EYES TO SEE OTHERWISE: Selected Poems, By Homero Aridjis, Edited by Betty Ferber and George McWhirter, New Directions: 312 pp., $19.95
Illiteracy is the only adequate excuse for not having read the poetry of Homero Aridjis, one of Mexico's most famous poets, next to Octavio Paz. It is often said that poets are the conscience of their countries, but Aridjis, who is one of that country's leading environmentalists, is also Mexico's eyes.
Reading this collection, written from 1960 to 2000 and translated by Betty Ferber, W.S. Merwin, Lawrence Ferlinghetti and Kenneth Rexroth to name a few, is like floating through time; it evokes a childhood and a child's vision. Aridjis, born in 1940, is inspired not only by his own childhood spent in the mountainous town of Contepec in Michoacan, where the monarch butterflies winter each year, but also by literature and paintings and by Nahuatl chants and Huichol songs.
In his earliest poems, Aridjis begins spinning his cosmography. The Earth he describes seems new, full of shapes like spirals and stars and fruit. Light moves in and through the objects in these early poems with no barriers; wheat, water, rocks and branches are all illuminated from within:
The time of poetry
forms a fruit of light
which falls to earth
trembling on its shadow.
Light and shadows play through these poems as if the air in them were clean and pure. Aridjis frequently describes the same scene at different times of day, not unlike what Monet did in his painting at Giverny.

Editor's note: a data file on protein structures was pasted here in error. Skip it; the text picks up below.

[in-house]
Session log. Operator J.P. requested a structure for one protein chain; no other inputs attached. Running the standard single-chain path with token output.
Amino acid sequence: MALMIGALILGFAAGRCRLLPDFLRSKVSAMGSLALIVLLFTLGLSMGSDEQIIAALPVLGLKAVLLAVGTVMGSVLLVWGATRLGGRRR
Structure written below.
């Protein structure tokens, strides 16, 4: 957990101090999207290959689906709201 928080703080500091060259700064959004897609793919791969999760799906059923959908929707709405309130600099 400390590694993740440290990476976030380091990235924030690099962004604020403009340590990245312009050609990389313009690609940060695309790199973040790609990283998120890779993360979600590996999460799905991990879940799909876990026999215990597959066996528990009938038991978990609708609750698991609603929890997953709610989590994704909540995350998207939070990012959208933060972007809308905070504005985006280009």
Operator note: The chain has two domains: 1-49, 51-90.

The poems of the late '70s are more earthbound. The pronoun most commonly used is "I" or "he," referring to a slightly disenfranchised, distanced man: "he wasn't feeling well in truth he never felt well ... / he had a wine glass in which he kept algae
Slowly, death creeps into the poems, and one feels as if one has been kicked from the Garden of Eden. There is revolution, ancestors, grandchildren, peasants and donkeys, daggers and poems; generations telescope down to destruction:
What street to take
that doesn't lead to the tyrants plaza
where to turn
where his portrait isn't
on what bench to sit
without his eyes watching.
By the 1980s, Aridjis' poetry is full of the smell of gasoline, rotting food and mud. The light is trapped. Movement is shackled:
We put bolts on the eyes,
locks on the hands,
limits to the lightening.
But life keeps its distance
love to its word
and poetry comes up where it can.
There is distance and death:
Tomorrow we will die twice over
Once as individuals
a second time as a species.
A reader misses the "you," a guardian angel, a pure being.
Then, in the poems of the 1990s, there is the pronoun "one," that most august of pronouns, distant but part of, spanning all time, all vision. These poems fly again over years and in cycles, back to the author's childhood. They defy forgetting. They are full of eagles and serpents and whales. They include poems to the poet's wife and daughter. There is little question in these poems that by remembering we can save even that which we have destroyed.
Even "you" comes back, "running down the street / wrapped in a shabby raincoat." Aridjis plays among the gray whales the way he played among the monarch butterflies as a child, seeing through their eyes and also God's:
there is no splendor greater than a grey
when the light turns it
And the whales came up
to spot God over
the dancing gunnels of the waters
and God was sighted by a whale's eye.
What a privilege to read selections from a life's work, to see through Aridjis' eyes, to swim and travel through his visions and defeats. Try, even if you do not read much poetry, to read it like a novel. Don't stop over words, don't say to yourself, "I really don't know what he meant there," just let your eyes move restfully over the pages. You will come to the end. "Ever since I was very young / I learned to eat air," Aridjis writes. Learn to eat air.